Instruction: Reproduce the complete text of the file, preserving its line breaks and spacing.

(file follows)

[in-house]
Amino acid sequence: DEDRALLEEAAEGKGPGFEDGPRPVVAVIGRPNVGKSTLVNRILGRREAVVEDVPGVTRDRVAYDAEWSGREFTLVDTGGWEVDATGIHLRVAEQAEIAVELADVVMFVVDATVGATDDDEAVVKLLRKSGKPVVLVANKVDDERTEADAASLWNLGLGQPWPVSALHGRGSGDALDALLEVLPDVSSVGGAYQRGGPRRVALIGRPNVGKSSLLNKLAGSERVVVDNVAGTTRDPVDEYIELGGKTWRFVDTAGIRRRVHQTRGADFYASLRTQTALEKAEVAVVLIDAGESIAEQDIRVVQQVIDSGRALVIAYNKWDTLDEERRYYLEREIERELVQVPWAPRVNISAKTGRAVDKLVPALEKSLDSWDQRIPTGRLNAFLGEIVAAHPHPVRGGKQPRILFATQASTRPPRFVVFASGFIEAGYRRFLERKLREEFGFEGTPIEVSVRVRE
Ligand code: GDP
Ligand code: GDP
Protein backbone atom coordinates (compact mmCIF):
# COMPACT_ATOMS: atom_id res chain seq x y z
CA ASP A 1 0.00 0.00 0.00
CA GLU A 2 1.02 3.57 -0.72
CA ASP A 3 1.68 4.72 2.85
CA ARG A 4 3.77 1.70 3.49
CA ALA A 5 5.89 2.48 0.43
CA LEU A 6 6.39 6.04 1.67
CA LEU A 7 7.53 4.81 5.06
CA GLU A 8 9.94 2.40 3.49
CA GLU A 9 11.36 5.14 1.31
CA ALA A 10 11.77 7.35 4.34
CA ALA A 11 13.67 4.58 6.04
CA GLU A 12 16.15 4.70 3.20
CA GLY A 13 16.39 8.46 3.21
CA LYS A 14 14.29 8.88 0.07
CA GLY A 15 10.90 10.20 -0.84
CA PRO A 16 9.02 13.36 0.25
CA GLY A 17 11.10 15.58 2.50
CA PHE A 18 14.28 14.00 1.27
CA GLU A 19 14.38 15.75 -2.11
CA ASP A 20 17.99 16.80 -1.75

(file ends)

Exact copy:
[in-house]
Amino acid sequence: DEDRALLEEAAEGKGPGFEDGPRPVVAVIGRPNVGKSTLVNRILGRREAVVEDVPGVTRDRVAYDAEWSGREFTLVDTGGWEVDATGIHLRVAEQAEIAVELADVVMFVVDATVGATDDDEAVVKLLRKSGKPVVLVANKVDDERTEADAASLWNLGLGQPWPVSALHGRGSGDALDALLEVLPDVSSVGGAYQRGGPRRVALIGRPNVGKSSLLNKLAGSERVVVDNVAGTTRDPVDEYIELGGKTWRFVDTAGIRRRVHQTRGADFYASLRTQTALEKAEVAVVLIDAGESIAEQDIRVVQQVIDSGRALVIAYNKWDTLDEERRYYLEREIERELVQVPWAPRVNISAKTGRAVDKLVPALEKSLDSWDQRIPTGRLNAFLGEIVAAHPHPVRGGKQPRILFATQASTRPPRFVVFASGFIEAGYRRFLERKLREEFGFEGTPIEVSVRVRE
Ligand code: GDP
Ligand code: GDP
Protein backbone atom coordinates (compact mmCIF):
# COMPACT_ATOMS: atom_id res chain seq x y z
CA ASP A 1 0.00 0.00 0.00
CA GLU A 2 1.02 3.57 -0.72
CA ASP A 3 1.68 4.72 2.85
CA ARG A 4 3.77 1.70 3.49
CA ALA A 5 5.89 2.48 0.43
CA LEU A 6 6.39 6.04 1.67
CA LEU A 7 7.53 4.81 5.06
CA GLU A 8 9.94 2.40 3.49
CA GLU A 9 11.36 5.14 1.31
CA ALA A 10 11.77 7.35 4.34
CA ALA A 11 13.67 4.58 6.04
CA GLU A 12 16.15 4.70 3.20
CA GLY A 13 16.39 8.46 3.21
CA LYS A 14 14.29 8.88 0.07
CA GLY A 15 10.90 10.20 -0.84
CA PRO A 16 9.02 13.36 0.25
CA GLY A 17 11.10 15.58 2.50
CA PHE A 18 14.28 14.00 1.27
CA GLU A 19 14.38 15.75 -2.11
CA ASP A 20 17.99 16.80 -1.75